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Friday, January 29, 2010

Edition 9: Unclean Cities of India


Forbes magazine says Mumbai is the dirtiest among the 25 dirtiest cities in the world and also is same with Delhi, Bangalore is among the 20 densest cities, according to the Forbes magazine.
The US business magazine also lists Sukinda in Orissa and Vapi in Gujarat among the 10 most polluted places globally.
While listing Mumbai as the seventh dirtiest, the magazine also cites a recent private sector proposal, Vision Mumbai, which seeks $1 billion government aid for infrastructure, pollution control and economic growth strategy.
Delhi at No.24 fares little better but gets drubbing for the pollution in Yamuna river, which is devoid of marine life and where "garbage and sewage flow freely, creating a rich environment for the growth of water-borne diseases contributing to extremely high rates of infant morbidity.”
In India around 8 lakh people die because of pollution of air, water and land, and the cost of such deaths is Rs 2,00,000 crore.
In lieu of this report Environment and Forest Minister Jairam Ramesh said “Our cities are the dirtiest of the world. If there is a Nobel Prize for dirt and filth, India will win it.”
Things could improve, the minister said, once Parliament approved the National Green Tribunal Bill in the winter session. R.K. Pachauri, head of TERI, warned that if India failed to act soon to protect its environment, its economic growth would be impeded.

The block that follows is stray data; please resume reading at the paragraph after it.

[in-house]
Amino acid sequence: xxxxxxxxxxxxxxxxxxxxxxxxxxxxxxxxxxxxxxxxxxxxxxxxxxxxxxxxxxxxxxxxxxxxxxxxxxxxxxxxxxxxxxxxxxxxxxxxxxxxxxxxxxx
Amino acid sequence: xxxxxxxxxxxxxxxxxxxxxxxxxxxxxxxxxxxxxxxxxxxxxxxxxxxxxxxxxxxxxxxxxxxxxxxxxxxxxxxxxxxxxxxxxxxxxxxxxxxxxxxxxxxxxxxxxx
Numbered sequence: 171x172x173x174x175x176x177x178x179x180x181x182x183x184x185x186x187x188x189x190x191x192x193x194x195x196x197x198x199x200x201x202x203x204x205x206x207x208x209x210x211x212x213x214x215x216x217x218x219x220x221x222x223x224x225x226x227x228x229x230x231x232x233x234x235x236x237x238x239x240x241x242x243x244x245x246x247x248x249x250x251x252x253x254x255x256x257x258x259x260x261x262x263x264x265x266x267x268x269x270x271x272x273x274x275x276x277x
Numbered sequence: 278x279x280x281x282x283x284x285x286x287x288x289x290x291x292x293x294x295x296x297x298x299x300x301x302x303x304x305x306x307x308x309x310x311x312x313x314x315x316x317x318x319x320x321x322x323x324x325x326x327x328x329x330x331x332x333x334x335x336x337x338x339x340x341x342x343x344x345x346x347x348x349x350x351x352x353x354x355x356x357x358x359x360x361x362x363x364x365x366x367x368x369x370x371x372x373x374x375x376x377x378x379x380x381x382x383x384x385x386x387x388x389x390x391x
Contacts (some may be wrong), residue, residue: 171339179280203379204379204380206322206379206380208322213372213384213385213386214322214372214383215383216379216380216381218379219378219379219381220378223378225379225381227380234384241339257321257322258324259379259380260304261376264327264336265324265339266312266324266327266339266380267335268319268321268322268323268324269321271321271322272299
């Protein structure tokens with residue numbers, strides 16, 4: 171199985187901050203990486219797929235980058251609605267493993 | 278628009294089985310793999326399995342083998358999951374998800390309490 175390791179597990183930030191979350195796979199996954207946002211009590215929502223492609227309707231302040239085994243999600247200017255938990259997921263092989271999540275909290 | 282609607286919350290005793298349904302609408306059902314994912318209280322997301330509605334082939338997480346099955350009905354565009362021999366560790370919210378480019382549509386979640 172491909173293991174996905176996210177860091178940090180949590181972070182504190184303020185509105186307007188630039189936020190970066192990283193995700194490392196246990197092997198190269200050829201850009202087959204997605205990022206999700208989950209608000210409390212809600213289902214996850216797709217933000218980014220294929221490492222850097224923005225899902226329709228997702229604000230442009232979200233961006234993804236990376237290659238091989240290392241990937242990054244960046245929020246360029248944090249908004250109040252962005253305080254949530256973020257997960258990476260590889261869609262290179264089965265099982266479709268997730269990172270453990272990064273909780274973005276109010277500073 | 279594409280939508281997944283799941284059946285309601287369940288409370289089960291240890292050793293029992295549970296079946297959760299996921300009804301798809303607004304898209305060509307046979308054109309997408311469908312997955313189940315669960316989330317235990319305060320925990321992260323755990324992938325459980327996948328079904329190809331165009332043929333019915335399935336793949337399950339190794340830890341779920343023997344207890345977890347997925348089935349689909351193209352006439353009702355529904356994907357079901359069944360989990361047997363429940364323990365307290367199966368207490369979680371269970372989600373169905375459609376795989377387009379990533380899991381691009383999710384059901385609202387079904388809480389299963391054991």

The fact was well known but no one said it and finally we are hearing the truth from the minister himself.
CityBlog provides some simple steps to be followed individually by us to change this dubious distinction.
1. Educate the people about it. Creating awareness among all in our society,
2. Do not use plastic bag. By using as minimum as possible all plastic related products like, bags, cups etc, as these are all non biodegradable. Use plastic bags only when unavoidable. Dispose these bags properly
3. Do not through garbage in the open area.
4. Grow plants.
5. Use solar energy because it does not produse residue.
6. Taking initiative of cleaning our surroundings clean. Residents of societies can come together and try to clean the areas nearby on holidays, chance by chance.
7. By Constant and regular check up our vehicles.
8. By using proper fuel for our vehicles.
9. By implementing proper waste recycle units.